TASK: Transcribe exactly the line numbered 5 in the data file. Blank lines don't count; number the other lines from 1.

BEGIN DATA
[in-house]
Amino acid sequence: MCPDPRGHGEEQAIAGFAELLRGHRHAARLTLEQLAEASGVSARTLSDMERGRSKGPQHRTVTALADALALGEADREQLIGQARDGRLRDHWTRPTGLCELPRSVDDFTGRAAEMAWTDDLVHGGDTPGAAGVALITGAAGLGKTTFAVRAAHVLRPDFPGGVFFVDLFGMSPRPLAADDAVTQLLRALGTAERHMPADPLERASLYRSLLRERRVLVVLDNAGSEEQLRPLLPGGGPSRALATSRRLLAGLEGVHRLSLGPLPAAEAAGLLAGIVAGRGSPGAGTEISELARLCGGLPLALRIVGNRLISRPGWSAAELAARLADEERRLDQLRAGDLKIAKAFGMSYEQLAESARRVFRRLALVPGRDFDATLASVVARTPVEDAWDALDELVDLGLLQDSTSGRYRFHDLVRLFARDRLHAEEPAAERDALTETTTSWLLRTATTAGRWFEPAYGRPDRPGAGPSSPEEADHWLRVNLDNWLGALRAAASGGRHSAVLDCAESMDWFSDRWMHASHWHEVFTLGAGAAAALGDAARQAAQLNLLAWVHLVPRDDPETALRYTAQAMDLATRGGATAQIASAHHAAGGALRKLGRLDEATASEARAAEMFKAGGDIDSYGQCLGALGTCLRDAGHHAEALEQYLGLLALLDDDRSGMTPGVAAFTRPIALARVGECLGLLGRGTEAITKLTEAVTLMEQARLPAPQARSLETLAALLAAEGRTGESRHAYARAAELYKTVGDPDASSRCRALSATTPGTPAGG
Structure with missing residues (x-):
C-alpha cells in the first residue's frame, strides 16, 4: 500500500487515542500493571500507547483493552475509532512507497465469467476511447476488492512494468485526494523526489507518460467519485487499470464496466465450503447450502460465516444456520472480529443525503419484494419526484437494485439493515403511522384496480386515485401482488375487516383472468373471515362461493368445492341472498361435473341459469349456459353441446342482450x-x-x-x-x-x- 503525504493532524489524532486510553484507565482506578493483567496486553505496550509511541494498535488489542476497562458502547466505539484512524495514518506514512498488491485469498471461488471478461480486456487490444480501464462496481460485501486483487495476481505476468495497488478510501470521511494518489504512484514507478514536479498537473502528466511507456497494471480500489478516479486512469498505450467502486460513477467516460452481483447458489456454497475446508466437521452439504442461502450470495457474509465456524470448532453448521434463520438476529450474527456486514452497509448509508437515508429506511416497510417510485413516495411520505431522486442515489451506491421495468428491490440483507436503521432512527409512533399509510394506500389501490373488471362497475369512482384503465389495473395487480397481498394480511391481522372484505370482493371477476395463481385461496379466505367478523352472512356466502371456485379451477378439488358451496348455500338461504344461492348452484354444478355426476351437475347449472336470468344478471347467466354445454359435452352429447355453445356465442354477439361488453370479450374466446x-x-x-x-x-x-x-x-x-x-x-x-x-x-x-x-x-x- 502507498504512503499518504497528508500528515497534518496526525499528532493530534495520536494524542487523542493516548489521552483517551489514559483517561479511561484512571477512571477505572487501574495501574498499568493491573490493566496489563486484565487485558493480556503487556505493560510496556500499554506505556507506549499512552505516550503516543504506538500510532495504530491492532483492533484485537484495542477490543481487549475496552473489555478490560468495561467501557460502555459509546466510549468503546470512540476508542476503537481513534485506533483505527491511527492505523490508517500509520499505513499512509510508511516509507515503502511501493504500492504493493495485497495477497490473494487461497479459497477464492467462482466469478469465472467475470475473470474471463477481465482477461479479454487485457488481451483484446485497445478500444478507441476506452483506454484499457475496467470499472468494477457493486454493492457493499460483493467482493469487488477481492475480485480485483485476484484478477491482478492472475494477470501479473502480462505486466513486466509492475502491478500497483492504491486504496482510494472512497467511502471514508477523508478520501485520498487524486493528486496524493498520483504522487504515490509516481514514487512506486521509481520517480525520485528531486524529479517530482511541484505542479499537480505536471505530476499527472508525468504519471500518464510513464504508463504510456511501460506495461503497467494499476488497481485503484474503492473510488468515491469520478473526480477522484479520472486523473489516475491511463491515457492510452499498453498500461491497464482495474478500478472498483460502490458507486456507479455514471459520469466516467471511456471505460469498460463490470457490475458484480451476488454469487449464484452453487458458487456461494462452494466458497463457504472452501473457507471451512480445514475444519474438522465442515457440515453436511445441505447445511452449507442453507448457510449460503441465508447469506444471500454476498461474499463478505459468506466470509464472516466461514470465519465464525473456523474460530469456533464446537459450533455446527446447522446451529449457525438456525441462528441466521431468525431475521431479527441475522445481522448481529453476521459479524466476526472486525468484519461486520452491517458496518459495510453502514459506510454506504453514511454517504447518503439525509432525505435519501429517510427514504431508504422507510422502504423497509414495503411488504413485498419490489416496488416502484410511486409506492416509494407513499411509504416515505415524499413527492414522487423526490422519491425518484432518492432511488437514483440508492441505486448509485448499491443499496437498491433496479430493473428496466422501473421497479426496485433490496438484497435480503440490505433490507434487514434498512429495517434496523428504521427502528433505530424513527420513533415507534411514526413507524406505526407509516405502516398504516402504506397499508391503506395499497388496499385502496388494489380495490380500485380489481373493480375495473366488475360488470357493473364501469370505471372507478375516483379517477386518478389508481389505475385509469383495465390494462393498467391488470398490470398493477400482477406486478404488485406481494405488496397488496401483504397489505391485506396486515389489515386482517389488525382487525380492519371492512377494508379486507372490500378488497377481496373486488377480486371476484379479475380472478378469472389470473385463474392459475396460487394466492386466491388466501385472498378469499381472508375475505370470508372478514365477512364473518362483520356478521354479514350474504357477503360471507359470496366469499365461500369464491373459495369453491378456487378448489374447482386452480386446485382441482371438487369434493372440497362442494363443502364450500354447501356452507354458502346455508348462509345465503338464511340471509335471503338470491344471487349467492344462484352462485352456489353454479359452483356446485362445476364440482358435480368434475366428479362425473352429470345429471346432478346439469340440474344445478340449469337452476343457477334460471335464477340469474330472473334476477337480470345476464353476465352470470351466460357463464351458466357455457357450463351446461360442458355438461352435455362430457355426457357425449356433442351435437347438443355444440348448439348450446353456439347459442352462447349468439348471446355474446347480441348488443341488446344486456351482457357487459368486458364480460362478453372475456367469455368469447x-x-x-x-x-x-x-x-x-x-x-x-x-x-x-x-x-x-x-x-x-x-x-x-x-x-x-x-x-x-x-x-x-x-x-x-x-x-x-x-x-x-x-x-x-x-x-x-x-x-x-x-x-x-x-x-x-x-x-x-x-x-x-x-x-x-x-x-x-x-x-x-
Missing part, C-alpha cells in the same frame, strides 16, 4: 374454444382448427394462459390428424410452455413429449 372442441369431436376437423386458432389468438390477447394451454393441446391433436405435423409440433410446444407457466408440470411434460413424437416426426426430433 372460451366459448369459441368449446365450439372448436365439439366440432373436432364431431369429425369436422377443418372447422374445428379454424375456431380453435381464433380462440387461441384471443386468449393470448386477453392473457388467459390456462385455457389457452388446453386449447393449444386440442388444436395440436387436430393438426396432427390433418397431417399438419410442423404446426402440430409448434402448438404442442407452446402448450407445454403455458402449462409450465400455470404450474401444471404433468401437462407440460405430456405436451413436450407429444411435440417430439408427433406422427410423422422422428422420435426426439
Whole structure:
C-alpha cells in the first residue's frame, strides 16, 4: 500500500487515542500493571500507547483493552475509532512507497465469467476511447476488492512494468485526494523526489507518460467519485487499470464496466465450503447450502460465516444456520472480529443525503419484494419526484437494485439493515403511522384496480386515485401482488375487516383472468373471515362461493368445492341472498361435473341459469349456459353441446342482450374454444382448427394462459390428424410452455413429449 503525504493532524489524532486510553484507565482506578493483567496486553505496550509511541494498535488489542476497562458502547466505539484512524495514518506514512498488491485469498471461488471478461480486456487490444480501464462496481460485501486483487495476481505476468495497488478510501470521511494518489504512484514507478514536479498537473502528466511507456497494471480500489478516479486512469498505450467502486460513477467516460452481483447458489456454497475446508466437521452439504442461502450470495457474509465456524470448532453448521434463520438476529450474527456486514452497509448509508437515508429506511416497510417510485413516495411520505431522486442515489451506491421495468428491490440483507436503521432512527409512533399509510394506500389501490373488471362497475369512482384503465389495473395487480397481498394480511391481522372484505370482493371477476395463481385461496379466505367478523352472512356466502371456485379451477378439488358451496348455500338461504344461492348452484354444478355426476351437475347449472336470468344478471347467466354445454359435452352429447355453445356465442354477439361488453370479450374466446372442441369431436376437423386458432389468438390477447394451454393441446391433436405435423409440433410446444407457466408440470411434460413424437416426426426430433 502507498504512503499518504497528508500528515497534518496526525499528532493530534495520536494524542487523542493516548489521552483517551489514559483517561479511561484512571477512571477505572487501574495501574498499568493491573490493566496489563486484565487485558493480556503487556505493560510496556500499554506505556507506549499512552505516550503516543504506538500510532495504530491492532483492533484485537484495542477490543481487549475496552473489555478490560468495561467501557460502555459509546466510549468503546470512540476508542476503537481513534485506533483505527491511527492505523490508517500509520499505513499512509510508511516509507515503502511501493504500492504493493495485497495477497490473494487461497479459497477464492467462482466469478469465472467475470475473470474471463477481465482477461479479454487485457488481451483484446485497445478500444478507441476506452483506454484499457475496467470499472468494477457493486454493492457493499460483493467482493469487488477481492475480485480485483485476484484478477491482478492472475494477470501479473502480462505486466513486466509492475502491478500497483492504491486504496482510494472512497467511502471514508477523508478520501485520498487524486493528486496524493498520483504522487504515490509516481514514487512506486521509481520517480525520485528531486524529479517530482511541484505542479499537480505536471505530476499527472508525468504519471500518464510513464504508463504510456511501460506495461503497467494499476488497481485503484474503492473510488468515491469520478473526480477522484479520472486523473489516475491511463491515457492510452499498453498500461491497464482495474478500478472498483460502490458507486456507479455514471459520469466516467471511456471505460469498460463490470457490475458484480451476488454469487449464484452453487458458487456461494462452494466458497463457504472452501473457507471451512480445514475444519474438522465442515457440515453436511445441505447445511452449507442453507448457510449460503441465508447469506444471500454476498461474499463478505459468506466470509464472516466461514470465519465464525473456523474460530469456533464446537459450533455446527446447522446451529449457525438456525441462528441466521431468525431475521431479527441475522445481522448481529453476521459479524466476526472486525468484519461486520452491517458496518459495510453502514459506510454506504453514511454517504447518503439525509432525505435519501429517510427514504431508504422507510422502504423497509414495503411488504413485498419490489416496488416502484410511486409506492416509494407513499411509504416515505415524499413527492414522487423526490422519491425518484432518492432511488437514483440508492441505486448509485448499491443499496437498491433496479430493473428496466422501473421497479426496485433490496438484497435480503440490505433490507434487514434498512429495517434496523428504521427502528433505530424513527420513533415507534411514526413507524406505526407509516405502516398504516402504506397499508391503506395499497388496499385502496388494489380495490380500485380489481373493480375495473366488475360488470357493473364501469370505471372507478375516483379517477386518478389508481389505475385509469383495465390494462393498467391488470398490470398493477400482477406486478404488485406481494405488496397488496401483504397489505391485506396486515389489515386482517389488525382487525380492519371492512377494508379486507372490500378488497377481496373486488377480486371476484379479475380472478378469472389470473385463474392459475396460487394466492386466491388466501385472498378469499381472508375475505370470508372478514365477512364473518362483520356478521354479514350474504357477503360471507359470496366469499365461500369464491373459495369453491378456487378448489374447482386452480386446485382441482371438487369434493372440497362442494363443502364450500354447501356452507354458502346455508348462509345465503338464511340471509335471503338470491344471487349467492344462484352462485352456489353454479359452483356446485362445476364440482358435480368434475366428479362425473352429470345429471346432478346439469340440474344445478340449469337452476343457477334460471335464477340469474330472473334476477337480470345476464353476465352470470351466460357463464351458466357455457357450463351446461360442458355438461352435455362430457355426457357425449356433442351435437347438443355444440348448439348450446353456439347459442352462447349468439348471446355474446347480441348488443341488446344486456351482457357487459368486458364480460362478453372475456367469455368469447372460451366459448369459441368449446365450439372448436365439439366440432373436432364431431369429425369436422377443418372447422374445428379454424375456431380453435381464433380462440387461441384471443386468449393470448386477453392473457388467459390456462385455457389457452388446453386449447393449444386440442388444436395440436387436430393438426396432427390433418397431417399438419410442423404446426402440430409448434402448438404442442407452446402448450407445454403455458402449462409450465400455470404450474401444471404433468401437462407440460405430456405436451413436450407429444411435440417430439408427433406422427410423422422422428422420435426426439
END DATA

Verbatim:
Missing part, C-alpha cells in the same frame, strides 16, 4: 374454444382448427394462459390428424410452455413429449 372442441369431436376437423386458432389468438390477447394451454393441446391433436405435423409440433410446444407457466408440470411434460413424437416426426426430433 372460451366459448369459441368449446365450439372448436365439439366440432373436432364431431369429425369436422377443418372447422374445428379454424375456431380453435381464433380462440387461441384471443386468449393470448386477453392473457388467459390456462385455457389457452388446453386449447393449444386440442388444436395440436387436430393438426396432427390433418397431417399438419410442423404446426402440430409448434402448438404442442407452446402448450407445454403455458402449462409450465400455470404450474401444471404433468401437462407440460405430456405436451413436450407429444411435440417430439408427433406422427410423422422422428422420435426426439